District election has been attempted | GUEST VIEWPOINT
November 13, 2012 · Updated 1:52 PM
By Steve Erickson
The Nov. 9 editorial (“Island County election winners represent their own voters”) opines that election of county commissioners should be by district “even if it requires a change in state law.” It doesn’t require a change in state law and has been proposed before in Island County.
The Washington Constitution provides for a “one-kind-fits-all” county government structure. All of the counties in Washington automatically assumed this structure upon statehood. This is the three commissioners elected at large system. The Constitution also provides for counties to adopt “home rule charters.” This involves electing a board of 15 to 25 freeholders who draft a proposed charter which requires a majority vote of the electorate to be adopted.
As early as 1968 the Camano Chamber of Commerce proposed the county undertake this process. While most of the counties in Washington still use the default three commissioners system, the minority of counties which have adopted home rule charters comprise the majority of the state’s population.
The last time an attempt was made to change Island County’s governmental structure was in 1995. I was one of the elected freeholders. The charter we drafted following numerous hearings throughout the county included election by district as proposed in the Nov. 9 editorial, a council-manager form of government such as is used by Whatcom County, and initiative and referendum at the county level. The proposed charter was overwhelmingly rejected by the voters following a negative campaign led by the Republican Party establishment.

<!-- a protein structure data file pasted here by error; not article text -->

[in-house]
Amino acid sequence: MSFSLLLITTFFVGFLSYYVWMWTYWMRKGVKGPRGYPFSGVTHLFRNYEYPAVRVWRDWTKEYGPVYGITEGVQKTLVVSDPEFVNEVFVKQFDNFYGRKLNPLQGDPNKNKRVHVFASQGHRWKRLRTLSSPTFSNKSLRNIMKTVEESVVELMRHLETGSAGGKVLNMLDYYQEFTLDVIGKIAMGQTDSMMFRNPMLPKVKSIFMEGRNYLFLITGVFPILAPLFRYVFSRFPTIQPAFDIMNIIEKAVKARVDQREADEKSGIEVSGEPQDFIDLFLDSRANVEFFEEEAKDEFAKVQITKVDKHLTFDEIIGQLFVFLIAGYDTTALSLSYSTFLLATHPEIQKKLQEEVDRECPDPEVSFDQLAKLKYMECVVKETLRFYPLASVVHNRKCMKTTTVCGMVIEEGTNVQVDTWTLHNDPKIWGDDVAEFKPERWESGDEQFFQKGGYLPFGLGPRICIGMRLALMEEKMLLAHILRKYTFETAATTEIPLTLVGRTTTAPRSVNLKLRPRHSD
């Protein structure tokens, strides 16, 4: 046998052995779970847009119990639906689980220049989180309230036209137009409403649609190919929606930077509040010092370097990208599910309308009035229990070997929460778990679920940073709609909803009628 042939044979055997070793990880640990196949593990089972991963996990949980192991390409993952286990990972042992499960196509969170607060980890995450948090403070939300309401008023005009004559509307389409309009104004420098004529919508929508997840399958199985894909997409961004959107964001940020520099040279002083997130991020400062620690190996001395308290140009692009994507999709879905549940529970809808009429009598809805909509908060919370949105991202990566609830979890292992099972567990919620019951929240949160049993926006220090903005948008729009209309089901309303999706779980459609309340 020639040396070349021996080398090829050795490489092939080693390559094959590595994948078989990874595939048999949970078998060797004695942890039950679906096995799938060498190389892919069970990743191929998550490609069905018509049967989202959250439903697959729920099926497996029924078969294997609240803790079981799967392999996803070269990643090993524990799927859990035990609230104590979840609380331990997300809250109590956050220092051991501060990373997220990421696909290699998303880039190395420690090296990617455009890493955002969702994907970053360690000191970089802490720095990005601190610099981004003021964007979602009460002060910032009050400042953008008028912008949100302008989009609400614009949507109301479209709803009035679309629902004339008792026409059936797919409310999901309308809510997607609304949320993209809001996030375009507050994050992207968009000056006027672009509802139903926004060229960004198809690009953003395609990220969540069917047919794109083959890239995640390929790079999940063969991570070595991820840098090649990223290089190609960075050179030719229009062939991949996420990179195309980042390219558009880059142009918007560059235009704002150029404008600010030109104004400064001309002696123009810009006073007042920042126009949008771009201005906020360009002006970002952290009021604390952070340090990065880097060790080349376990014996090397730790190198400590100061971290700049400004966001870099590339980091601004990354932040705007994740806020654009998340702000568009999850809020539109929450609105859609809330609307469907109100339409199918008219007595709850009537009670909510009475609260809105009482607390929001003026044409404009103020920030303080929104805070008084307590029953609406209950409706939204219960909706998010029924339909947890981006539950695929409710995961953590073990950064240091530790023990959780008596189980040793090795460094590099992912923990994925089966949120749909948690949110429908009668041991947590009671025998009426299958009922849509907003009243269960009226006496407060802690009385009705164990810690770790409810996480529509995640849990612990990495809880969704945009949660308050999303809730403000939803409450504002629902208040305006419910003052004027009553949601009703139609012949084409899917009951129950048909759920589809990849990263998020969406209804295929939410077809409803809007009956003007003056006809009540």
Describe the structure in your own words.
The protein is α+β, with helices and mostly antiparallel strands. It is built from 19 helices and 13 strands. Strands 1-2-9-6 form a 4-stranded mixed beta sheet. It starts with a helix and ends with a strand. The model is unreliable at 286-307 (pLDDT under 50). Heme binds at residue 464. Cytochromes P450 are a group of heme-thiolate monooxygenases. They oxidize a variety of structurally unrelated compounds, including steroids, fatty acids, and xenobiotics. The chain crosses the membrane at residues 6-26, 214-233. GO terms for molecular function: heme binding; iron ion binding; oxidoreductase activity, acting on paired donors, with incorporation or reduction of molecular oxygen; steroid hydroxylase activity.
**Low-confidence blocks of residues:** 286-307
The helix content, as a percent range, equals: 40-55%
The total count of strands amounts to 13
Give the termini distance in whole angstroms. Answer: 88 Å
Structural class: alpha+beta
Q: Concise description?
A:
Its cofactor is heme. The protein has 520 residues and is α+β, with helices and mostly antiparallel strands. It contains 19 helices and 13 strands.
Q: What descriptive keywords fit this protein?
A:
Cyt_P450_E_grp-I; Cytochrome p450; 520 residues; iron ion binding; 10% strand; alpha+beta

I wish I could say that the campaign against the charter was based on disagreement with the proposed election by district, council-manager form of government or initiative and referendum power. However, the primary objection of the anti-campaign was a small provision that said the county wouldn’t discriminate in hiring because of race, religion and — horrors — sexual orientation. Longtime residents may remember the flaming pink “vote no” signs that were plastered along the highway. Ironically, from at least 1988 to the present, Island County has never discriminated in hiring on the basis of sexual orientation. If this has happened, I’m not aware of it.
In retrospect, I think that blowing the gay-bashing dog whistle was just a convenient way for the opposition movers and shakers to activate the bigot vote. Call me cynical, but I don’t believe that the Republican establishment of the time gave a rat’s posterior about “transvestites marching on the courthouse,” as one of the county commissioners was heard to fearfully worry about. At that time the conservative Oak Harbor vote was sufficient to reliably assure that Republican commissioners were always elected from South-Central Whidbey and Camano Island. And a council-professional manager system might have been an obstacle to the “good old boy” favor trading prevalent at the time.
Well, so much for history, other than the obvious lesson that better not be forgotten if there is another attempt to get a home rule charter passed by the voters in Island County: assume at the outset that those who benefit greatly by the status quo will do whatever they can to prevent change. Of course, that’s a problem hardly unique to Island County, as we’ve seen in this election.
Steve Erickson is a founder of the Whidbey Environmental Action Network. He lives in Langley.